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By Kenneth Blohm, Jeffrey Kayes, Haim Zaltzman
Recent initial public offerings bring hope of improved liquidity for venture capital investments. But venture capitalists (VCs) and the companies they incubate continue to face turbulent economic conditions in 2010.
By Brian Cartwright, Alexander Cohen, Kirk Davenport II, John Huber, Ian Schuman
On November 3, 2004, the Securities and Exchange Commission (the "SEC") proposed a series of new rules that would reform the registration, communication and offering processes under the Securities Act of 1933 ("the Securities Act"). The current proposals are incremental, building on the integrated disclosure system and shelf registration through increased reliance on the periodic and current reports filed by public companies under the Securities Exchange Act of 1934 (the "Exchange Act".)
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By Steven Atlee, Beth Hummer
On November 2, 2004, Californians voted overwhelmingly in favor of curbing abuses related to the state’s Unfair Competition Law (commonly referred to as the UCL or Section 17200). Proposition 64 adds standing requirements for private enforcement of consumer lawsuits, requiring the plaintiff to have suffered injury or lost property as a result of the challenged business practice. It also requires any plaintiff who purports to sue on behalf of others to follow California class action procedures, w
An October 5, 2004 ruling in the chapter 11 case of Owens-Corning suggests lenders should look again at an old issue, the substantive consolidation of affiliated entities. In Owens-Corning, the substantive consolidation of the holding company with its subsidiaries eliminated the structural seniority of bank lenders which had obtained guarantees from many of the subsidiaries to support credit provided to the holding company.
By Alexander Cohen, D. Jamal Qaimmaqami
This update summarizes the key provisions of the U.S. Sarbanes-Oxley Act of 2002 (the "Sarbanes-Oxley Act," "Sarbanes-Oxley," or the "Act"), and the U.S. Securities and Exchange Commission’s (the "SEC") rules under the Act relevant to foreign private issuers (a term that covers most non-U.S. issuers, other than foreign governments). It is current through September 1, 2004.
By Alexander Cohen, D. Jamal Qaimmaqami
This update summarizes the key provisions of the U.S. Sarbanes-Oxley Act of 2002 (the "Sarbanes-Oxley Act," "Sarbanes-Oxley," or the "Act"), and the U.S. Securities and Exchange Commission’s (the "SEC") rules under the Act relevant to foreign private issuers (a term that covers most non-U.S. issuers, other than foreign governments). It is current through September 1, 2004.
The Paris Court of First Instance recently rendered two decisions in similar cases involving the non-profit organization Greenpeace and the petroleum industry company Esso (in the first case) and the nuclear industry company Areva (in the second case).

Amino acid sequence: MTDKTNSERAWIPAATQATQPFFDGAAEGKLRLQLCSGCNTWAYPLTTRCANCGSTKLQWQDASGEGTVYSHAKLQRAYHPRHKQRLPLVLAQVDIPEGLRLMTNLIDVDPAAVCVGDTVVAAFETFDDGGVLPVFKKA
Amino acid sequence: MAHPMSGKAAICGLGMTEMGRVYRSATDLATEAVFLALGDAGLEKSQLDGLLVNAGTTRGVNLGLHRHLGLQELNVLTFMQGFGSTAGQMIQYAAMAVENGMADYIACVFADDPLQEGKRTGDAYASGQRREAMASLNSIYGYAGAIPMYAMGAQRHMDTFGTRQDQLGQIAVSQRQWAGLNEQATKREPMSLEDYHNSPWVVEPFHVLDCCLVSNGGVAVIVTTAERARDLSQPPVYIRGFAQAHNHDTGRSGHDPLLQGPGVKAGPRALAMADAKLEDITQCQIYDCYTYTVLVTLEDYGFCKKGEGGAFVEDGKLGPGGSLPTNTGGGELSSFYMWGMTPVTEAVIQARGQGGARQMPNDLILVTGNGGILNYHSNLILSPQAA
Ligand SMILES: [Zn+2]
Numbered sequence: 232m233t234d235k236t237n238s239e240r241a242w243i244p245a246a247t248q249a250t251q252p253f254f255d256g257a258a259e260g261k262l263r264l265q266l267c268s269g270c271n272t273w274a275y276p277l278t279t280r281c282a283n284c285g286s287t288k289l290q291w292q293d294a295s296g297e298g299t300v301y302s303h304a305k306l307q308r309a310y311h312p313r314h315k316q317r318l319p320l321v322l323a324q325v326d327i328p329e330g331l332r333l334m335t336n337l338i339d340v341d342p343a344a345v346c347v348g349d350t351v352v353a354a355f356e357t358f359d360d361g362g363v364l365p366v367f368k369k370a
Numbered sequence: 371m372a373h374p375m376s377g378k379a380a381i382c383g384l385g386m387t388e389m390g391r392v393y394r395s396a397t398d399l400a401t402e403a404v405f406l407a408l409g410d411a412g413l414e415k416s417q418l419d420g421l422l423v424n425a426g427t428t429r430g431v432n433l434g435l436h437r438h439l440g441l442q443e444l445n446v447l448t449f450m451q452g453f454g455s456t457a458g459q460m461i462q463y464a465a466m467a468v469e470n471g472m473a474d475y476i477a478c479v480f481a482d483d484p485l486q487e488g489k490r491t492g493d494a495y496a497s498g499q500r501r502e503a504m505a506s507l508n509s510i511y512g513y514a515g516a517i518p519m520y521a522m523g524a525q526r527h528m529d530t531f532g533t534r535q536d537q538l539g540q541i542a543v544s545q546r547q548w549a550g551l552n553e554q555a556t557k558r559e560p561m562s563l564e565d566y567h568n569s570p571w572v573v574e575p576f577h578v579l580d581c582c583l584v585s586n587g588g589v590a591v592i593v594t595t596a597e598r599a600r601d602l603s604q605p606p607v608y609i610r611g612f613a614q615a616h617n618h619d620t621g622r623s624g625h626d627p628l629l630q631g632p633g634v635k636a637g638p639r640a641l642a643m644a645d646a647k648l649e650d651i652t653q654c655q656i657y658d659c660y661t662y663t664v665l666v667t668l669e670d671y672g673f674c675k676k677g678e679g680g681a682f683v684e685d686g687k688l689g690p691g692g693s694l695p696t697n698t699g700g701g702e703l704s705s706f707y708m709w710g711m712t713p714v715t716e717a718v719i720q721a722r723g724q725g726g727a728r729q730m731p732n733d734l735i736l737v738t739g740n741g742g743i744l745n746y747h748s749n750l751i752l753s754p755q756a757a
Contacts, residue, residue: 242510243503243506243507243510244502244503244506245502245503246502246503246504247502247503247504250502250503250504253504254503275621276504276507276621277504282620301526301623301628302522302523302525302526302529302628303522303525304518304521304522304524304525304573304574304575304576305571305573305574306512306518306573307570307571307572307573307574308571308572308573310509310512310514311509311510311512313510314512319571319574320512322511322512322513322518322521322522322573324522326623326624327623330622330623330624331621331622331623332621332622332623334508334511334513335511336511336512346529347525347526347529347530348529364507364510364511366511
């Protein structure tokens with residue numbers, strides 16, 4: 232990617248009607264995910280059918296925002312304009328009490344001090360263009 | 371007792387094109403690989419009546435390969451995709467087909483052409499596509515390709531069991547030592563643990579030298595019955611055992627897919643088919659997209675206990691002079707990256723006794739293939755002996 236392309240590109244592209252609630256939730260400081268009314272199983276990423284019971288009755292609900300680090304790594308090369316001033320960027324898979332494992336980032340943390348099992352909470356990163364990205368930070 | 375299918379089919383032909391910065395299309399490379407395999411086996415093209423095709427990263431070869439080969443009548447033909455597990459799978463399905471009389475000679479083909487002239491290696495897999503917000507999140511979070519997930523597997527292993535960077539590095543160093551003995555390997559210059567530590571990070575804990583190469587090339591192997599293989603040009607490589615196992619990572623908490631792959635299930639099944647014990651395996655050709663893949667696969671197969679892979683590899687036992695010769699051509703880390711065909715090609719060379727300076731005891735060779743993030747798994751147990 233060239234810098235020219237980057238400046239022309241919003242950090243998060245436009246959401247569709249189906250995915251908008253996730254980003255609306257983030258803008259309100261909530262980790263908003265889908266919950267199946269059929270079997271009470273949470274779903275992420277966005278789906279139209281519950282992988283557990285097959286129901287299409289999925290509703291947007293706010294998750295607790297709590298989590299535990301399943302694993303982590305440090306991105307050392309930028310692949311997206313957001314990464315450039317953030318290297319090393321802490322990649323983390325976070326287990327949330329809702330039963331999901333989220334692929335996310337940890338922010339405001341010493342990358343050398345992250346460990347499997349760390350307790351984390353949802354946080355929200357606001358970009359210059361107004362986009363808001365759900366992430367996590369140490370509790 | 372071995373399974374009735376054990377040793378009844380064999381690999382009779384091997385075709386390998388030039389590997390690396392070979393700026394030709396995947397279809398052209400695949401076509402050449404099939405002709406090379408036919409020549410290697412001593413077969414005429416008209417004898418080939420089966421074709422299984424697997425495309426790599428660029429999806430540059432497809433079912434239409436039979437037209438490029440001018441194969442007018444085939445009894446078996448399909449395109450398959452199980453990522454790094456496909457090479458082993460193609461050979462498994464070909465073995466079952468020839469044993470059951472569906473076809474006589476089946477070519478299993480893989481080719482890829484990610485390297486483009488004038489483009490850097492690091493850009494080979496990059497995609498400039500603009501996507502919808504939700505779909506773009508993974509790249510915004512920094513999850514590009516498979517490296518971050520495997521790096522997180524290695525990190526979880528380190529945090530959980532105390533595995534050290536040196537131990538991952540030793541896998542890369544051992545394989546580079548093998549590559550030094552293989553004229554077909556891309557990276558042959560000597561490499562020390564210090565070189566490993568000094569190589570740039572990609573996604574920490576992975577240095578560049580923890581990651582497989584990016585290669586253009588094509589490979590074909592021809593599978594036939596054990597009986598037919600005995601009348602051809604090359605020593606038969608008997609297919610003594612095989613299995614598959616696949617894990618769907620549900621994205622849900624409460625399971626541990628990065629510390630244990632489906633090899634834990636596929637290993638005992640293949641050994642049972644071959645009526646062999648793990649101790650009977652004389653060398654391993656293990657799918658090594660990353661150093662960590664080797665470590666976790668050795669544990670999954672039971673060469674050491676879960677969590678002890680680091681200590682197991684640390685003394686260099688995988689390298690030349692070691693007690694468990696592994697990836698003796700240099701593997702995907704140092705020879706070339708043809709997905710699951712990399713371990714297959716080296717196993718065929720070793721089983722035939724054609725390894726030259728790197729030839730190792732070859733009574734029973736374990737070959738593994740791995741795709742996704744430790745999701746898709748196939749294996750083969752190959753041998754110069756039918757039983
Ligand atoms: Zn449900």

The proliferation of technology that enables monitoring of computer users’ actions online and collection of their personal information has given rise to public concerns about protecting individuals’ privacy rights. At the center of the debate about such technology is software that is pejoratively referred to as "spyware," though there is vast disagreement on what "spyware" means.
Despite a formidable history and a number of recent successes, the Securities and Exchange Commission continues to receive criticism from Congress, the public and the press for failing to move quickly to detect and prevent the series of crises that have confronted the securities markets. In a recent speech to the District of Columbia Bar Association, Stephen M. Cutler, the Director of the Division of Enforcement, outlined some changes at the Commission designed to meet this criticism.
By Timothy Ehrlich
On February 12, 2004, the U.S. Federal Communications Commission (FCC) took the first steps towards clarifying the scope of regulations to be imposed by the Federal government on Internet-Protocol (IP) enabled services such as Voice-Over-IP (VOIP).
The purpose of this article is to answer some of the most frequently asked questions about second lien financings. These financings have become increasingly popular over the last year or so, and we think they offer a financing alternative that will remain on the menu for years to come.
What are the Legal Issues Limiting the Scope of the Collateral Package in Second Lien Bond Deals?
As almost everyone with an e-mail account knows, the volume of unsolicited commercial e-mail ("UCE," more commonly referred to as "junk e-mail" or "spam") transmitted through the Internet has increased dramatically over the last two years. Analysts estimate that more than 261 billion junk e-mail messages were received by Internet users in 2002 - an 86 percent increase over the number of messages received the previous year.
On November 4, 2003, the Securities and Exchange Commission approved long-anticipated modifications to the corporate governance listing standards of both the New York Stock Exchange and the Nasdaq National Market.